Hearing Loss Education

Two Ears are Better Than One

Animals in our world generally have two ears. Have you ever considered why?

Each ear picks up sound which is sent to the brain for analysis. With two ears working together, a sound can catch our attention even when other sounds are present in the environment.

There are very small differences in sound that is perceived by each ear, such as volume, timing, and pitch. These factors are interpreted by the brain to allow us to understand speech in environments where competing sounds may be present.

Advantages of two hearing aids include less stressful listening, better understanding in noisier situations, increased ability to know where sound is coming from, and improved understanding of softer or more distant sounds.

Generally, if someone has hearing loss in both ears, we want to provide amplification to each ear to maintain these discrete cues for better, less effortful understanding.

Preventing Noise-Induced Hearing Loss

Did you know that someone with hearing loss is more susceptible to noise damage than someone with normal hearing? Sensorineural hearing loss is usually a result of damage to the hair cells in the cochlea (the “inner ear”). This impacts your normal ability to deal with very intense sound. Noise damage is also cumulative. It doesn’t matter if the damage occurred many years ago, it still can affect the ear’s ability to manage loud sound today.

There are lots of different types of hearing protection on the market today. Some are made specifically for musicians which allow them to hear themselves and others play; some are designed for hunters which allow them to hear quiet sounds in the woods while still protecting from the harmful sound of a gunshot. We play and work in a noisy world.

Talk with us about protecting your hearing!

Acuity and Understanding

“Hearing” and “understanding” are two very different things. The ear transmits sound information to the brain where it is interpreted so we understand. In order for us to understand, we need good information for the brain to process. People with sensorineural hearing loss (nerve loss or nerve damage) require amplification to provide complete, good quality sound for the brain to work with.

Unfortunately, as we age, the brain actually shrinks, reducing the brain matter which is available to process sound. If hearing loss is left untreated, the areas of the brain that are normally used for sound and speech processing can be used for other purposes that are still being stimulated. It’s like the old saying, “Use it or lose it!”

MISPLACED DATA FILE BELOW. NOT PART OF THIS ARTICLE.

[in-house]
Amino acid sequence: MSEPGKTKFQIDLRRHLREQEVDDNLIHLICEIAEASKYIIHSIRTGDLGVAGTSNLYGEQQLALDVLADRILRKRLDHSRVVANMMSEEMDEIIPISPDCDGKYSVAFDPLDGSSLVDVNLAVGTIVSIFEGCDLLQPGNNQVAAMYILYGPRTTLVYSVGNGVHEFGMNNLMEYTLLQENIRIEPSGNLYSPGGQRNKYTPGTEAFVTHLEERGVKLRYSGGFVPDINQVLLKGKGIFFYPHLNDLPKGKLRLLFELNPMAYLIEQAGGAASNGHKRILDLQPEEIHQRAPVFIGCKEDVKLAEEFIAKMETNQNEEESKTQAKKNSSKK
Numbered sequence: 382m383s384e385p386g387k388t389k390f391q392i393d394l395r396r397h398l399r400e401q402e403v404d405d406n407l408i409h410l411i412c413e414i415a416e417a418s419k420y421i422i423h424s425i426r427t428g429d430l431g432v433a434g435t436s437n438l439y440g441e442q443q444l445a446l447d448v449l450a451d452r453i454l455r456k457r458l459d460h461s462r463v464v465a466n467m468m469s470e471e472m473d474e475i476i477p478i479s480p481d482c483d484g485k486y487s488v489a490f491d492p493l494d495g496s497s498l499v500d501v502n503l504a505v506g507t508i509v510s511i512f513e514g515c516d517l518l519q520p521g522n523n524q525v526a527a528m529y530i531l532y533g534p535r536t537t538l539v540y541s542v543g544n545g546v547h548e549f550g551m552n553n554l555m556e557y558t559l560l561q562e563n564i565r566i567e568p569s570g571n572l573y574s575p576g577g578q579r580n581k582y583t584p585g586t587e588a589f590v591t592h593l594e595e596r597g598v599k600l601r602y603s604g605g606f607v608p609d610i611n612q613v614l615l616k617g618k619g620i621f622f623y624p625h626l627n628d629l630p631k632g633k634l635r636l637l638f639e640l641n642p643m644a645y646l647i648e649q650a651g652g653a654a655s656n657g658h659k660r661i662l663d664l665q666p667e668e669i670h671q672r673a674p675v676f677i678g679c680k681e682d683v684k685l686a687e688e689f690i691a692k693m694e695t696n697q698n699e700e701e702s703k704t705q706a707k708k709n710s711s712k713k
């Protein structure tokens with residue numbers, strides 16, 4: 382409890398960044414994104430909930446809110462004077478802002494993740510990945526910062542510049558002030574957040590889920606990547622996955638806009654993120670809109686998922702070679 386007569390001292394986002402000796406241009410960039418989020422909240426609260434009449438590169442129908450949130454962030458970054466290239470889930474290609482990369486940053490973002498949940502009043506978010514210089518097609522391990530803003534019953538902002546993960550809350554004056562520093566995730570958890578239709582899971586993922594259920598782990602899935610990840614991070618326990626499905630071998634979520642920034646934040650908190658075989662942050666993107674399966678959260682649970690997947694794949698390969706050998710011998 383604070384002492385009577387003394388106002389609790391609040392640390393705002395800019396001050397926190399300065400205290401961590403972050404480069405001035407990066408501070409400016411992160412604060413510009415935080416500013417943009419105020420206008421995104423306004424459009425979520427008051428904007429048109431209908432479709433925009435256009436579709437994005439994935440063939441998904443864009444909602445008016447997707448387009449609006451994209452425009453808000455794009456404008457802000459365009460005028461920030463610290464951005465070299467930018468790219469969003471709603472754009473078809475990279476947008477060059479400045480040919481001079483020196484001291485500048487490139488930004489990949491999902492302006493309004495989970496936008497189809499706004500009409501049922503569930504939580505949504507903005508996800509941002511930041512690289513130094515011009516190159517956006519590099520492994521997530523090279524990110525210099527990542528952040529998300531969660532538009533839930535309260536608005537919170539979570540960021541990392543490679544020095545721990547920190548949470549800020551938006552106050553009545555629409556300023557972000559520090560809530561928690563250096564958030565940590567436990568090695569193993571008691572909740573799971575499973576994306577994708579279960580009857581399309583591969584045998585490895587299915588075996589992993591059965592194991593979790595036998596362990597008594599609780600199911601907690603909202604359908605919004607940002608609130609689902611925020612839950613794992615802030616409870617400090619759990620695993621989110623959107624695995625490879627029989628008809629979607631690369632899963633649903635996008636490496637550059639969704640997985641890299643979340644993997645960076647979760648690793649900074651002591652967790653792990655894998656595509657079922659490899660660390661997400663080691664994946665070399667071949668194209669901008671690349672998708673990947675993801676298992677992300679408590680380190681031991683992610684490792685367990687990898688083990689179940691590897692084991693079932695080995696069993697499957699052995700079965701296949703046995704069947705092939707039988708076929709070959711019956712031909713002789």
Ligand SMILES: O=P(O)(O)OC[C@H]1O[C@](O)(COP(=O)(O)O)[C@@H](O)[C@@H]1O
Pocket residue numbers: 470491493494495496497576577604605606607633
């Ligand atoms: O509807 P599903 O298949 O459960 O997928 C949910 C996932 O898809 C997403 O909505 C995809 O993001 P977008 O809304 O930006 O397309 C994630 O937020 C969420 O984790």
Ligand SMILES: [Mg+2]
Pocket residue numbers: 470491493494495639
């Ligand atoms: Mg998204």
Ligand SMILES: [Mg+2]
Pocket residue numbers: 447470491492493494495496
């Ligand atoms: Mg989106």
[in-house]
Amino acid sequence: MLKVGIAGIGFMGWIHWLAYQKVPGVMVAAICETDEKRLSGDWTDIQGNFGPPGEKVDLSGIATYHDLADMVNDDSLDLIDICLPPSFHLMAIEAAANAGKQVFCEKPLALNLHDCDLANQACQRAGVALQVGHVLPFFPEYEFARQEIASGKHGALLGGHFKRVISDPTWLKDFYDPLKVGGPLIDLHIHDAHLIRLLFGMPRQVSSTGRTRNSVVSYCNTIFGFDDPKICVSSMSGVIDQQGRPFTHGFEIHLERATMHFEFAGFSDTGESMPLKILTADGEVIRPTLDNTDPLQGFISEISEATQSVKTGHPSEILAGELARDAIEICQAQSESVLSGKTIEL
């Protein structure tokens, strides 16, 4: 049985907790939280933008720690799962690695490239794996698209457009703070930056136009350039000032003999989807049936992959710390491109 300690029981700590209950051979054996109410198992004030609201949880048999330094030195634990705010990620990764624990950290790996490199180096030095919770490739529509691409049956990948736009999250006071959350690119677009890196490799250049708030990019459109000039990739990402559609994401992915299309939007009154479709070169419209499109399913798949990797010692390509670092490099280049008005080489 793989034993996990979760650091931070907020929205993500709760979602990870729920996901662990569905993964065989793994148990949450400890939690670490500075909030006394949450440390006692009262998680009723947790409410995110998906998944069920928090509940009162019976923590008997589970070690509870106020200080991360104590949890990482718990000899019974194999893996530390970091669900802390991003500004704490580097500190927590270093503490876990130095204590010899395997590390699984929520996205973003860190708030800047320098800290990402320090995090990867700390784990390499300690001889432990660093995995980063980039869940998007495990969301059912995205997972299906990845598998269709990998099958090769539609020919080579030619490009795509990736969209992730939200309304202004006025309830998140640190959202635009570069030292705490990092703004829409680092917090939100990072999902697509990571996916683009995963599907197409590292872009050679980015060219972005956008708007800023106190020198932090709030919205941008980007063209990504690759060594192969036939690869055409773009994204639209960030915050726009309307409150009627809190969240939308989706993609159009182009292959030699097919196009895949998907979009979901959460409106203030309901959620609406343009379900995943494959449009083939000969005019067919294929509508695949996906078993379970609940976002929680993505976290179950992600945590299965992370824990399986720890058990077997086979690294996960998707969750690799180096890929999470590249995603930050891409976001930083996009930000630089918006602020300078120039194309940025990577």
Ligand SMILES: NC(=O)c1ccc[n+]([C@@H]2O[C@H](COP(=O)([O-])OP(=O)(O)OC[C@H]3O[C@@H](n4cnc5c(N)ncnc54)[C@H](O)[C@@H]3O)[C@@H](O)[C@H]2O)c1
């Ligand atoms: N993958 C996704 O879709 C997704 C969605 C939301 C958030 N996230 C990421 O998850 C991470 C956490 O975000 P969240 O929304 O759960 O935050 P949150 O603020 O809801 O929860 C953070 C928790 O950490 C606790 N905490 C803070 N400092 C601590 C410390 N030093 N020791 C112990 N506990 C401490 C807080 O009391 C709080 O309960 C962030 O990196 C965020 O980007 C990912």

Family with dog
Communicating with hearing loss
helpful tips

Tips for Communicating with Someone with a Hearing Loss

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Speak up, but don’t shout.

Mature couple at home watching TV

Frequently Asked Questions

There is a lot of confusion about hearing loss and the truth about hearing aids; read below to learn the answers to some of the common questions we receive in our office.

I went to my doctor and he checked my hearing by whispering to me and said my hearing was fine. Why do I need a test?

It is always a good idea to have a complete baseline audiogram at some point, preferably before you start having hearing difficulties. The “Whisper Test” is a very gross screen of hearing but hasn’t proved to be terribly useful for practical diagnostic purposes. A complete audiological evaluation (hearing test) will quantify your hearing, identify any areas where you may not be hearing sound well, and also identify if you have any issues that should be treated medically, such as an infection or earwax build up.

I was told nothing could be done for my hearing loss because I have nerve deafness.

Hearing instrument technology has improved to the point where almost all hearing loss can be helped to some degree. According to the Better Hearing Institute, 95% of people with hearing loss could be helped with hearing aids given today’s advanced technology.

“Nerve deafness” or sensorineural hearing loss means that the hair cells in the cochlea have been damaged and is therefore a permanent hearing loss. Hearing aid success depends (to some extent) on the degree of the loss and the ability of the brain to process the sound once it reaches the brain. The best way to determine if you will be successful is to try hearing aids.

I only use my hearing aids when I go out. Why do I need to use them if I’m home alone?

Your ability to understand is based not only on the amplification provided by the hearing aids but also by the ability of your brain to make sense of sounds. It is important to give your brain consistent auditory information as it “learns” to process the new sounds it is receiving. If you are using your hearing aids only some of the time, you will not be getting maximum benefit from the instruments in which you have made considerable financial investment. The pathways in your brain need to be stimulated consistently to work efficiently. It is recommended that you use your hearing aids during all waking hours. If there are reasons you are uncomfortable and cannot use them in all your everyday environments, you should come in to the office to assess the need for adjustments and or modifications to the instruments.

Your free hearing consultation starts here.

Fill out the form to request your appointment with Audiocare Hearing Services.

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